Michael Cohen, the former lawyer for Donald Trump, admitted to citing fake, AI-generated court cases in a legal document that wound up in front of a federal judge, as reported earlier by The New York Times. A filing unsealed on Friday says Cohen used Google’s Bard to perform research after mistaking it for “a super-charged search engine” rather than an AI chatbot.
The document in question was a motion that asked a federal judge to shorten the length of Cohen’s three-year probation, which he’s now facing following prison time and a guilty plea to tax evasion and other charges. But after reviewing the letter brief, US District Judge Jesse Furman wrote in a filing that “none of these cases exist” and asked Cohen’s lawyer, David Schwartz, to explain why the three cases are included in the motion as well as whether his now-disbarred client helped draft it.
In response, Cohen submitted a written statement saying he didn’t intend to mislead the court, adding that he used Google Bard to do legal research and sent some of his findings to Schwartz. However, Cohen says he didn't realize the cases cited by Bard had the potential to be fake, nor did he think Schwartz would add the citations to the motion “without even confirming that they existed.” Schwartz facing potential sanctions for including the phony citations.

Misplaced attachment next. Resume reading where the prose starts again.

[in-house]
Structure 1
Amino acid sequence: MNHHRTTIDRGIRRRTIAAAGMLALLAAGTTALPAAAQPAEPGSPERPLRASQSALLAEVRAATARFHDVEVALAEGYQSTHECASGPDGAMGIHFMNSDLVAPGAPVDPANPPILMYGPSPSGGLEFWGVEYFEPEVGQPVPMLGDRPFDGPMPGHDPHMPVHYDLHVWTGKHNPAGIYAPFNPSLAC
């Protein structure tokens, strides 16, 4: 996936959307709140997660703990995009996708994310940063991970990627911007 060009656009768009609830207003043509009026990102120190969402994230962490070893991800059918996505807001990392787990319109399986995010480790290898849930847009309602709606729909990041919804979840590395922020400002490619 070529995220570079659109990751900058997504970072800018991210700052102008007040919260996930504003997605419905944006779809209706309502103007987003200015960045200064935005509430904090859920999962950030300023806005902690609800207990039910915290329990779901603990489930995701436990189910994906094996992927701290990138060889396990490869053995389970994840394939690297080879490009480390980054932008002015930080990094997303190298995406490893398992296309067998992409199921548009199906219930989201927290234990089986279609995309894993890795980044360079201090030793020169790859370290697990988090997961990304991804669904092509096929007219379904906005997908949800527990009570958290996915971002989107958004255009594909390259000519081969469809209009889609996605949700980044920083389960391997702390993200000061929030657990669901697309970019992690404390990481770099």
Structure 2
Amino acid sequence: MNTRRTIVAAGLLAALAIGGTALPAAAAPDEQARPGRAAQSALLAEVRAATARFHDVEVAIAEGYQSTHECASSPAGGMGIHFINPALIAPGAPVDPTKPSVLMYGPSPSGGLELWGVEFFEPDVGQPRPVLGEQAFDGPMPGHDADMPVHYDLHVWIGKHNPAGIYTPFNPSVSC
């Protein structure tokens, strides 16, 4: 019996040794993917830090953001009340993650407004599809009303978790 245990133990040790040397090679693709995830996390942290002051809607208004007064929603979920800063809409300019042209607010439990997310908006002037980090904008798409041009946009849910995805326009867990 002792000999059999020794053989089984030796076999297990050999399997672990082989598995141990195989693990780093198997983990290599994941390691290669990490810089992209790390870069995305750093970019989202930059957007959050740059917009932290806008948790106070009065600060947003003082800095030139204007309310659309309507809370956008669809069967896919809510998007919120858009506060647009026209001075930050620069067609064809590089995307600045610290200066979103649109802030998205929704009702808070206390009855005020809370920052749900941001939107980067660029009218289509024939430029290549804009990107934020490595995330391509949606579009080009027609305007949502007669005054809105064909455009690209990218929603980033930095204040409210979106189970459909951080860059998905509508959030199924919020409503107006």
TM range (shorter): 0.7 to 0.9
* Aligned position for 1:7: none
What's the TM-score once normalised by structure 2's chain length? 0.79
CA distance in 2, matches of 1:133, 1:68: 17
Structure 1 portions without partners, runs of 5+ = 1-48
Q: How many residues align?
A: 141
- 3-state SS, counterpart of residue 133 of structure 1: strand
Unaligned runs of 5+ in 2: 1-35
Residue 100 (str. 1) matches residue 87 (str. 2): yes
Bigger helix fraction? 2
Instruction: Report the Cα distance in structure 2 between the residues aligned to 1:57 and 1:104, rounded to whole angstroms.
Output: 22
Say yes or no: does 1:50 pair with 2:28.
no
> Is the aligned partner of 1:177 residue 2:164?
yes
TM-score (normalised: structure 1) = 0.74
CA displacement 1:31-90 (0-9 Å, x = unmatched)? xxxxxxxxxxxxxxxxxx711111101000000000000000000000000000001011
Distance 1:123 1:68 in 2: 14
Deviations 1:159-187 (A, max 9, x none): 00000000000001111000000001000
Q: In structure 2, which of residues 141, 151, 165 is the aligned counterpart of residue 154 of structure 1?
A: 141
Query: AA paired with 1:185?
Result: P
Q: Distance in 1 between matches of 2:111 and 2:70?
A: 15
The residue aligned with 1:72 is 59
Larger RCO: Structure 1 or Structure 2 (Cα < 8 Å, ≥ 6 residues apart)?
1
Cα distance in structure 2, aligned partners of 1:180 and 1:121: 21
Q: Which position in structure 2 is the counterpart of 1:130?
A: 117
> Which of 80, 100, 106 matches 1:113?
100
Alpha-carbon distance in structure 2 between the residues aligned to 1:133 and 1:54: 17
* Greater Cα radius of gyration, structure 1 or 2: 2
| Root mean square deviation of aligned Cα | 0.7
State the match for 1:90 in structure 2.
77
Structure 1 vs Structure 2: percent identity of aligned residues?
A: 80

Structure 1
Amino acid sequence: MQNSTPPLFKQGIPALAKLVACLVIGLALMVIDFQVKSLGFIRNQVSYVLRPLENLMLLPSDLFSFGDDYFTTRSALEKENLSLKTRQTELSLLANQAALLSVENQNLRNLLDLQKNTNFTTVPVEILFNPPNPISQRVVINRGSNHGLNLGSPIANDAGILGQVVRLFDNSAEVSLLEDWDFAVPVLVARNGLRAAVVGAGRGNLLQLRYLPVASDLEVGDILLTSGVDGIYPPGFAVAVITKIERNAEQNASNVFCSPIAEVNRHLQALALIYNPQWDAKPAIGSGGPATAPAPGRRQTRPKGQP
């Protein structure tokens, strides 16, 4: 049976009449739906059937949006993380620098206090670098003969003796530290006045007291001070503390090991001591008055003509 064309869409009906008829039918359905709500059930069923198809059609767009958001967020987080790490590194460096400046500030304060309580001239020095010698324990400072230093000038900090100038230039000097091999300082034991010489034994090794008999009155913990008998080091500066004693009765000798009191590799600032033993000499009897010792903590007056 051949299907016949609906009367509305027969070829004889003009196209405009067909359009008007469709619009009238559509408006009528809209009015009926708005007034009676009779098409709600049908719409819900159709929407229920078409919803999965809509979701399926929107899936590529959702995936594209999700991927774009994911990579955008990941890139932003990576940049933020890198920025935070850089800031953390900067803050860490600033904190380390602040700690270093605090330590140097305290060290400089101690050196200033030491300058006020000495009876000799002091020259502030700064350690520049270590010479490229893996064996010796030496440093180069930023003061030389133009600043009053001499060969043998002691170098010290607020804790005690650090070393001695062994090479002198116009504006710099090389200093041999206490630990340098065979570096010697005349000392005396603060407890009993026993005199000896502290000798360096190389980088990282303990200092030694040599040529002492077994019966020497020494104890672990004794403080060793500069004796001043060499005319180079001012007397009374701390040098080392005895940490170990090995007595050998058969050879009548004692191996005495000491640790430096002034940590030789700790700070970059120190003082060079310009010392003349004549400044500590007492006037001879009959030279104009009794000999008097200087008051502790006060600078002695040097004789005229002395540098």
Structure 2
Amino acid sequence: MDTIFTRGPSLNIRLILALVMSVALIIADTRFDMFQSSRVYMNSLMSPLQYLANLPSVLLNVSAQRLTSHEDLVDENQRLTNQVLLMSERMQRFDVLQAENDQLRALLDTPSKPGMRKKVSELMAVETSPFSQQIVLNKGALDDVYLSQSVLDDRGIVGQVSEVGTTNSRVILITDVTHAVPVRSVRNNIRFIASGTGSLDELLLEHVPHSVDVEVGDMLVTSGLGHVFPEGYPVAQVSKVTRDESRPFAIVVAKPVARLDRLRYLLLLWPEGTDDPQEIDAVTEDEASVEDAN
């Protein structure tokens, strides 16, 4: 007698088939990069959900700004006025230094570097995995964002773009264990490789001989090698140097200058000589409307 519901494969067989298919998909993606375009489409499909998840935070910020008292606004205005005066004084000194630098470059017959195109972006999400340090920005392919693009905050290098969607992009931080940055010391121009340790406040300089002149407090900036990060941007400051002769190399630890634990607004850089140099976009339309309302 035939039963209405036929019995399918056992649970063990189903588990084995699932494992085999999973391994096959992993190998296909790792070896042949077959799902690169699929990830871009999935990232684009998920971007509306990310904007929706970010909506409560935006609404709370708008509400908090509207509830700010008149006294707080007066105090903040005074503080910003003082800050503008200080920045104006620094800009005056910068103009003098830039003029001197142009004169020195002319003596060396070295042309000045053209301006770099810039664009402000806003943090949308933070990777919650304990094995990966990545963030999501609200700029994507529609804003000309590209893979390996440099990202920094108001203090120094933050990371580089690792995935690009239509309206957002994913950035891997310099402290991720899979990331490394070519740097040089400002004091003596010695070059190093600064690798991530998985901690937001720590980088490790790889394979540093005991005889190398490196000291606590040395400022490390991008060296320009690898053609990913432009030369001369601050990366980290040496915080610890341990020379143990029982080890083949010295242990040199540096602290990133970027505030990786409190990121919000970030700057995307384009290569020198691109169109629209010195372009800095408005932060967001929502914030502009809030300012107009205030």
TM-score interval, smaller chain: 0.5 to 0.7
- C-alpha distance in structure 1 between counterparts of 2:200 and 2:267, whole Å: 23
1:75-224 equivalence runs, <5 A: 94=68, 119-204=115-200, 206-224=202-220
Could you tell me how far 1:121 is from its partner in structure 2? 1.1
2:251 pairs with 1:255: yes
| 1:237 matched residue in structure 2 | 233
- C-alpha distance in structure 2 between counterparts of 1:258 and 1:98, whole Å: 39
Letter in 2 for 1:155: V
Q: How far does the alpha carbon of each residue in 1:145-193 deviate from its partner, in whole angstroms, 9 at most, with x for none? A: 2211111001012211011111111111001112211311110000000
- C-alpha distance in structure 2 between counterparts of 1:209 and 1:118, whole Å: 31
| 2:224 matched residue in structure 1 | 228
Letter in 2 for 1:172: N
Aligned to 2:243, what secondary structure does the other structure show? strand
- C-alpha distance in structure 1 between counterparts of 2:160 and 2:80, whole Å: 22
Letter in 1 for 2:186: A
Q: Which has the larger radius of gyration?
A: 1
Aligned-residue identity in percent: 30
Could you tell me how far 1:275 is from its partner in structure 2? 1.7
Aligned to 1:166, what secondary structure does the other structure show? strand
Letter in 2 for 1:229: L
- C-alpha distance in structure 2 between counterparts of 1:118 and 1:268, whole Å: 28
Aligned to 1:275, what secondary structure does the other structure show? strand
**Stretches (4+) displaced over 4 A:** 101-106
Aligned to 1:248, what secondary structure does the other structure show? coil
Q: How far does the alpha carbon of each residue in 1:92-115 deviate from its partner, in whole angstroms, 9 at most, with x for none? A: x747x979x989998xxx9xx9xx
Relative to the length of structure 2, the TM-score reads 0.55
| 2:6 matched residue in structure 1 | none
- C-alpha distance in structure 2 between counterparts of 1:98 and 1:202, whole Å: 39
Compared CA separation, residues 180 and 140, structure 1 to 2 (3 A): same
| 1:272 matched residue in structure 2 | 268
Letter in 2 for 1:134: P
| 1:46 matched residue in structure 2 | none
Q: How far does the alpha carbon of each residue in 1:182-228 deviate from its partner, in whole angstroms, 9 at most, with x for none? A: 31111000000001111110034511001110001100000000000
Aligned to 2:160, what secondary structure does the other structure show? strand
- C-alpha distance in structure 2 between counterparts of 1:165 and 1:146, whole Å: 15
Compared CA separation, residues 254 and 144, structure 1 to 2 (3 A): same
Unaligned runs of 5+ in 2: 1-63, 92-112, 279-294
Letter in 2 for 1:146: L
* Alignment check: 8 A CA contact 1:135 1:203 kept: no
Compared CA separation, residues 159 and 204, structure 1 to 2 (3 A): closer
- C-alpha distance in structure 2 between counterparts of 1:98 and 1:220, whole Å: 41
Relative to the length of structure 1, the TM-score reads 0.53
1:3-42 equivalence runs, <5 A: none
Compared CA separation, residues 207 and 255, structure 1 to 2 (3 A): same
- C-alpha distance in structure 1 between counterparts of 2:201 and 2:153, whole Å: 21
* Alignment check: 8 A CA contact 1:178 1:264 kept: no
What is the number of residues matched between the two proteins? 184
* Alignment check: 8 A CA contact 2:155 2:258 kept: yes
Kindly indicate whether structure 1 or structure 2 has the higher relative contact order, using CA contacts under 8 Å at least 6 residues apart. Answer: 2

“As a non-lawyer I have not kept up with emerging trends (and related risks) in legal technology”
“As a non-lawyer I have not kept up with emerging trends (and related risks) in legal technology and did not know that Google Bard was a generative text service that, like Chat-GPT, could show citations and descriptions that looked real but actually were not,” Cohen writes. “Instead, I understood it to be a super-charged search engine and had repeatedly used it in other contexts to (successfully) find accurate information online.”
This isn’t the first time AI-generated citations appeared in court. In June, two New York lawyers were sanctioned and fined $5,000 after including bogus court cases generated by ChatGPT in a legal brief. Some lawyers are even using AI to draft arguments, including the legal team for rapper Pras Michél, who is now seeking a new trial after getting a guilty verdict.